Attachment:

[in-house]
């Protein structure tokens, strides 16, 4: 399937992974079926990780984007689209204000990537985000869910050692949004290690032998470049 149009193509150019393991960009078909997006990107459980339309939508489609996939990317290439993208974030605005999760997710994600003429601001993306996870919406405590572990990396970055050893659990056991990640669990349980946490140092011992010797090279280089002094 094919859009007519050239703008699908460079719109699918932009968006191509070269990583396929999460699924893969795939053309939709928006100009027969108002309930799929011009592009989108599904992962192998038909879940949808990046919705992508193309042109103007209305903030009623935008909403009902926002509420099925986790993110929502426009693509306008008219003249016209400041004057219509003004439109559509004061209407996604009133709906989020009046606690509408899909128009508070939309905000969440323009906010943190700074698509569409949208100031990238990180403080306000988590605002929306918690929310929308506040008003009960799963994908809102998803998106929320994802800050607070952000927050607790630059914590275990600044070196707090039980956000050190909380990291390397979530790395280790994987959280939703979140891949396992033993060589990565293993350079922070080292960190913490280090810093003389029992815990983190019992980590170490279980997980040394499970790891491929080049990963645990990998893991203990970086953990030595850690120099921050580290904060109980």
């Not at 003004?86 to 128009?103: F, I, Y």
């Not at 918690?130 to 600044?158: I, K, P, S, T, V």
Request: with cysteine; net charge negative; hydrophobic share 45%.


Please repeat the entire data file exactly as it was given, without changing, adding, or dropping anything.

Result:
[in-house]
């Protein structure tokens, strides 16, 4: 399937992974079926990780984007689209204000990537985000869910050692949004290690032998470049 149009193509150019393991960009078909997006990107459980339309939508489609996939990317290439993208974030605005999760997710994600003429601001993306996870919406405590572990990396970055050893659990056991990640669990349980946490140092011992010797090279280089002094 094919859009007519050239703008699908460079719109699918932009968006191509070269990583396929999460699924893969795939053309939709928006100009027969108002309930799929011009592009989108599904992962192998038909879940949808990046919705992508193309042109103007209305903030009623935008909403009902926002509420099925986790993110929502426009693509306008008219003249016209400041004057219509003004439109559509004061209407996604009133709906989020009046606690509408899909128009508070939309905000969440323009906010943190700074698509569409949208100031990238990180403080306000988590605002929306918690929310929308506040008003009960799963994908809102998803998106929320994802800050607070952000927050607790630059914590275990600044070196707090039980956000050190909380990291390397979530790395280790994987959280939703979140891949396992033993060589990565293993350079922070080292960190913490280090810093003389029992815990983190019992980590170490279980997980040394499970790891491929080049990963645990990998893991203990970086953990030595850690120099921050580290904060109980």
């Not at 003004?86 to 128009?103: F, I, Y």
């Not at 918690?130 to 600044?158: I, K, P, S, T, V």
Request: with cysteine; net charge negative; hydrophobic share 45%.